Three different books by CMC professors showcase their expertise, while offering three distinct ways of looking at the upcoming presidential election in November.
Jack Pitney serves up a provocative point-of-view; while Jon Shields and co-author Stephanie Muravchik share what they learned traveling to working-class communities in three states, and Ken Miller analyzes national politics by examining the rivalry between “Red-Republican Texas” and “Blue-Democratic California.”
Prof. Ken Miller views his new book, Texas vs. California: A History of Their Struggle for the Future of America, as a biography of two rivals, states which are similar in size and origin, yet widely divergent when it comes to their current political identities.
Nixon v. Trump
Jack Pitney’s GOP affiliation survived Watergate, but not Donald Trump. He explains the difference.
In their new book, Trump’s Democrats, Jon Shields and co-author Stephanie Muravchik explore what compelled voters in consistently blue states to cast ballots for Republican presidential candidate Donald Trump in 2016.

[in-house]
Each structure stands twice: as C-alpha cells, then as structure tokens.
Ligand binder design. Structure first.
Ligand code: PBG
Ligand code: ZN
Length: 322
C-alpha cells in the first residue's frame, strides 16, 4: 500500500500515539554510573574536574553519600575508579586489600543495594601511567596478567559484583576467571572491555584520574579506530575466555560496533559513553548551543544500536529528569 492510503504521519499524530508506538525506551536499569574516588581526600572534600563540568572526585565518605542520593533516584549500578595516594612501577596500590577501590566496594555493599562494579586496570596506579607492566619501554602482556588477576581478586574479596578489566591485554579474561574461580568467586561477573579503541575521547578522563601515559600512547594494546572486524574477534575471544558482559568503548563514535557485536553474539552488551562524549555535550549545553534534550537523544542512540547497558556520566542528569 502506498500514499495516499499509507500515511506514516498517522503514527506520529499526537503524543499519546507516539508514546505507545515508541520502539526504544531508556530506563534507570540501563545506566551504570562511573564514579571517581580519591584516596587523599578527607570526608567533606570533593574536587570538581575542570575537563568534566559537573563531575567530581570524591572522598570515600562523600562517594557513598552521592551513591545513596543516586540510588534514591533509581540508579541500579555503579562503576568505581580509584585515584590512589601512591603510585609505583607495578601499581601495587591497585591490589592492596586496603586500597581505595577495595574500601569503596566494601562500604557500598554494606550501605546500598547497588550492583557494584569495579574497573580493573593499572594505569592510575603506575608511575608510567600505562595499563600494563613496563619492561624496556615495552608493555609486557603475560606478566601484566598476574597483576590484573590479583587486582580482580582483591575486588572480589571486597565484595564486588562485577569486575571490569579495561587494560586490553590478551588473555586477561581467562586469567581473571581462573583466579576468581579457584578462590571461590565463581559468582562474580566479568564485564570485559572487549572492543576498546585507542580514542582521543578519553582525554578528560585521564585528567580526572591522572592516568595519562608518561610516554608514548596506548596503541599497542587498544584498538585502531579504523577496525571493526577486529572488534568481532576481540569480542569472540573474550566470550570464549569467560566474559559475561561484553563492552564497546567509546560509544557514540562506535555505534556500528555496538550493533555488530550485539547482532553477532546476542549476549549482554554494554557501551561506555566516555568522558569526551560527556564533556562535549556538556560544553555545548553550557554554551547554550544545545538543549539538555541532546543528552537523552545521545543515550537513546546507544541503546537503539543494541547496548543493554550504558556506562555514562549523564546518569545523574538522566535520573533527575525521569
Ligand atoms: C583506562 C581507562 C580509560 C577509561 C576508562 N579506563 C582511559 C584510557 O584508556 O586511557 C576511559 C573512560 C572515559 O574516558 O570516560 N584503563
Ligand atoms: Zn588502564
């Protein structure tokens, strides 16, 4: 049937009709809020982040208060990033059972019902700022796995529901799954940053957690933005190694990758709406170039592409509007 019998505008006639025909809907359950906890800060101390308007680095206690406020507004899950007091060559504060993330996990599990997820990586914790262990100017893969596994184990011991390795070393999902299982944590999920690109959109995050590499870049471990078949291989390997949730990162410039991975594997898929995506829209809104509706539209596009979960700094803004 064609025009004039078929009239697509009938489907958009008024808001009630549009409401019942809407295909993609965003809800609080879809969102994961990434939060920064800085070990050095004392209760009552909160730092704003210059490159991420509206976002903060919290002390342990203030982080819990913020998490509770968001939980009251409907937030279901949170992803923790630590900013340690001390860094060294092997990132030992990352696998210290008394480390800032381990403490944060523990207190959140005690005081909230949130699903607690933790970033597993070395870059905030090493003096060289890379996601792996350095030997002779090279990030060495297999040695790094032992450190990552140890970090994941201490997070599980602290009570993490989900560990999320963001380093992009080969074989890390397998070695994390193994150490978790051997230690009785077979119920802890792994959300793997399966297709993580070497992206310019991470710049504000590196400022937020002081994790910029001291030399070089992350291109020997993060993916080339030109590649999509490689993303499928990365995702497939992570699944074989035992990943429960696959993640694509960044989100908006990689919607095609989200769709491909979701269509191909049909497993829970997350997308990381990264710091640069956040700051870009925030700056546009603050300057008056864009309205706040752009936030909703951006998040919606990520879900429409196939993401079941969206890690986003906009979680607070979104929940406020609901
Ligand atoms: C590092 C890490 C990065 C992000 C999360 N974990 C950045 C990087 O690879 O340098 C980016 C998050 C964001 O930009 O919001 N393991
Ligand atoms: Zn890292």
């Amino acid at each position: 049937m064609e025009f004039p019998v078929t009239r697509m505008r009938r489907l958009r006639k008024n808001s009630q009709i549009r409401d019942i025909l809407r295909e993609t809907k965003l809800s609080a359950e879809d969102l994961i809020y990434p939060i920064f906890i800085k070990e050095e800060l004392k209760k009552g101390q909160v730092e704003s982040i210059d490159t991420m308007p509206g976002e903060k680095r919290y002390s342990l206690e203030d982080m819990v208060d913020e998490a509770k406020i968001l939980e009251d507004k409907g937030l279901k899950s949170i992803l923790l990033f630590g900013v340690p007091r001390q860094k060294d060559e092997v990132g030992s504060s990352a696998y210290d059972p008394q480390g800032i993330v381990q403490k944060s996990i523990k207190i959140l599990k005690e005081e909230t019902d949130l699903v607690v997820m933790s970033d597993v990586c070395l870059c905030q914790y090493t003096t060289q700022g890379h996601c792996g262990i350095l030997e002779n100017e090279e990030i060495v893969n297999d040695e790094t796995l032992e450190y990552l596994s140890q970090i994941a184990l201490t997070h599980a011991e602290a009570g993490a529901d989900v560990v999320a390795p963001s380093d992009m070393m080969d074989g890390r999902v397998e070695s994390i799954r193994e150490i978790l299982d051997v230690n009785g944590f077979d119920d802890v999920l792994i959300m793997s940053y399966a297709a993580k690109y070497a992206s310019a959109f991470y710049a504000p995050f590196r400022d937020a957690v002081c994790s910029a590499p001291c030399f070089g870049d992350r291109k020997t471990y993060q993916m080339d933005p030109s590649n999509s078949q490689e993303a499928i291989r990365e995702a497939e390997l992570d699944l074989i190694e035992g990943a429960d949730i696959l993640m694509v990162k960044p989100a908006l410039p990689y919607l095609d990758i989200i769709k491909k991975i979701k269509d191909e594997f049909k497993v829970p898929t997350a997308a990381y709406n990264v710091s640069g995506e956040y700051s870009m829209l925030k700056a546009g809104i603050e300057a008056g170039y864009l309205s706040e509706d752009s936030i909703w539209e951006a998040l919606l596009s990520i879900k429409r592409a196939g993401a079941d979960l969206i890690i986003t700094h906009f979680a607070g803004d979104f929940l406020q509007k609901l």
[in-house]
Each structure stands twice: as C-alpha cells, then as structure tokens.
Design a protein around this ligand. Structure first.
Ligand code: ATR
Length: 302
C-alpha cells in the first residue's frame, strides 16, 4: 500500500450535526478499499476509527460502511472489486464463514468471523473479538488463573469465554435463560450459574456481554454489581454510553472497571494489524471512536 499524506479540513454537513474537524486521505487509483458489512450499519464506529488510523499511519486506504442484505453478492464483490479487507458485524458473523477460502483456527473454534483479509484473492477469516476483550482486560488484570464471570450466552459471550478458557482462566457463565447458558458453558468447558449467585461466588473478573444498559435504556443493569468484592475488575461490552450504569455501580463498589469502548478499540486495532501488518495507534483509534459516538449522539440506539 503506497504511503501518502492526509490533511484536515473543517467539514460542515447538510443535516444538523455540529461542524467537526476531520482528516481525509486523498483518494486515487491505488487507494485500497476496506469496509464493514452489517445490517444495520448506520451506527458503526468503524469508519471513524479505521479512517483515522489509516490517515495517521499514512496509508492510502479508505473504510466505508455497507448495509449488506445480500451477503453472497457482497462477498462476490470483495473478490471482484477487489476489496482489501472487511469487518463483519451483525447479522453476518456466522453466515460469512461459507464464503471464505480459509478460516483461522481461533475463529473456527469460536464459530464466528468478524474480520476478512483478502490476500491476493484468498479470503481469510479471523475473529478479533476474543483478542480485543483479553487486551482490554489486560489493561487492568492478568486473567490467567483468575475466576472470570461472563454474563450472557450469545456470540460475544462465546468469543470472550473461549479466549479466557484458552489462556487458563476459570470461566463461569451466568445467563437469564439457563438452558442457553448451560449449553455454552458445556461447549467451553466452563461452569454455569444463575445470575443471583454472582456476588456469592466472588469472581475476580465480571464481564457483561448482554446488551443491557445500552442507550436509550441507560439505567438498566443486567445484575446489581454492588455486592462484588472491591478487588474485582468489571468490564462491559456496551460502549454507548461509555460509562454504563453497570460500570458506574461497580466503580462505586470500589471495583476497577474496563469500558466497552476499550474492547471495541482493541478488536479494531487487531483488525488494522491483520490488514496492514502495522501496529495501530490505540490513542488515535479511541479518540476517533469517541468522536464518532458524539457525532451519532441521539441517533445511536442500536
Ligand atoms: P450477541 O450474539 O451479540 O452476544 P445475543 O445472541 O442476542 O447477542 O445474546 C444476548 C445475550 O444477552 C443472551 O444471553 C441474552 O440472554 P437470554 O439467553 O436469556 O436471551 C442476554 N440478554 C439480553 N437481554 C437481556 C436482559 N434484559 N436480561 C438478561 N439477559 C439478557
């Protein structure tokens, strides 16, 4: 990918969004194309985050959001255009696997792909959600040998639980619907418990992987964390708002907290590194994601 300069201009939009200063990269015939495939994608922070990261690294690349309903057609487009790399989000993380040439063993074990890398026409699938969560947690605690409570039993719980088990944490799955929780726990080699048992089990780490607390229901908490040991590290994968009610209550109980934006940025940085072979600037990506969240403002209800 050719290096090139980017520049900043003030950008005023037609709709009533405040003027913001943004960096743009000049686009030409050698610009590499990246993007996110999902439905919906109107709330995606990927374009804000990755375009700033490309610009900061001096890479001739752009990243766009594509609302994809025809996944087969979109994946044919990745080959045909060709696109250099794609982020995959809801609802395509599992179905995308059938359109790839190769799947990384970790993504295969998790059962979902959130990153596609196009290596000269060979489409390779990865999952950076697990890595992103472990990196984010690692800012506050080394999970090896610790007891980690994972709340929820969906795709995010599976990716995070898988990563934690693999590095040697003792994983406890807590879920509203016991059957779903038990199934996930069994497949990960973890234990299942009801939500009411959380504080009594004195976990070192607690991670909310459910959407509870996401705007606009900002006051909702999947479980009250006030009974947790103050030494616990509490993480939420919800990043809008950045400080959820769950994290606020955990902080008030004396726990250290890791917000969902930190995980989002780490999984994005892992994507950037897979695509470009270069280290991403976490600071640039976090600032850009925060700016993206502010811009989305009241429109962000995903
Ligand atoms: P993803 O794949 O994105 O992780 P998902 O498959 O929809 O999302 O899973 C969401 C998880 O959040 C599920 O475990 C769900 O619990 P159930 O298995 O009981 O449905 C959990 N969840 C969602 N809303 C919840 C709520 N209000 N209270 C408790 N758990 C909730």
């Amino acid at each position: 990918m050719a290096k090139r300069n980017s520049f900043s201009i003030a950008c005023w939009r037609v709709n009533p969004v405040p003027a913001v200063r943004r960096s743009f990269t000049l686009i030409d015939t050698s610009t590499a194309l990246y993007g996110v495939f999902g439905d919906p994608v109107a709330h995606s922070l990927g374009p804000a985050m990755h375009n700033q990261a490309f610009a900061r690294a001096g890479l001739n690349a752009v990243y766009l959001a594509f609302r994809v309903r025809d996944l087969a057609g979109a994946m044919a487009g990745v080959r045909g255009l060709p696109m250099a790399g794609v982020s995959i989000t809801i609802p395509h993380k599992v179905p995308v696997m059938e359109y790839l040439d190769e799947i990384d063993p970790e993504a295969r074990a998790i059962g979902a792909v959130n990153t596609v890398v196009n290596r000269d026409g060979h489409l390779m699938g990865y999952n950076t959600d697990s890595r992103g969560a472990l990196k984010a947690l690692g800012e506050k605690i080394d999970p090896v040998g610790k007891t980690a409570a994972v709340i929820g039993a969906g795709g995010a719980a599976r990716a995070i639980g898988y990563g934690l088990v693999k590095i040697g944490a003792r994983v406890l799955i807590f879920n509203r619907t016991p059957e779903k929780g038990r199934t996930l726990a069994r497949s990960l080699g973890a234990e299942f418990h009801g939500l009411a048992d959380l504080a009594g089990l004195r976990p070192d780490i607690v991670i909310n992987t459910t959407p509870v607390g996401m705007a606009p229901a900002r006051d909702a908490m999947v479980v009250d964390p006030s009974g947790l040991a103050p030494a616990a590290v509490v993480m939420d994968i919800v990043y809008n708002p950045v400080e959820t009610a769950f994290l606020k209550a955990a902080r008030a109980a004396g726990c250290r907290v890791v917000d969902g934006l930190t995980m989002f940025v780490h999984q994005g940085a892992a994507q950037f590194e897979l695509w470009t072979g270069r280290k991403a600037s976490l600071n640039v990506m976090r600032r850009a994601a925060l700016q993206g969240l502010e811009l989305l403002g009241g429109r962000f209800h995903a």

The Huffington Post reports that an AARP campaign about Social Security is upsetting liberal retirement security advocates “because it focused on getting politicians to propose any detailed plan ― and didn’t distinguish between reform proposals that would cut benefits and those that would not.”
It's easy to believe that we are doomed to choose between the lessor of two evils when picking our political leaders.
Ronald Riggio, the Henry R. Kravis Professor of Leadership and Organizational Psychology, explains some of the reasons fueling that perception in a Psychology Today column.
“Sadly, we have only ourselves (and the political system we support) to blame,” Riggio writes. “Our perceptual biases, our human tendencies, and the way campaigns are run all combine to affect both who we choose as leaders, and how we perceive them.”
Roderic Camp, Philip M. McKenna Professor of the Pacific Rim, writes about Mexico's bumpy path democracy in the Oxford University Press blog.
The next president will have to address the role of federalism in a number of conflicts between federal and state jurisdiction. And the Rose Institute of State and Local Government has examined some of the policy issues that will likely arise in a recent post by Skip Wiltshire-Gordon '19.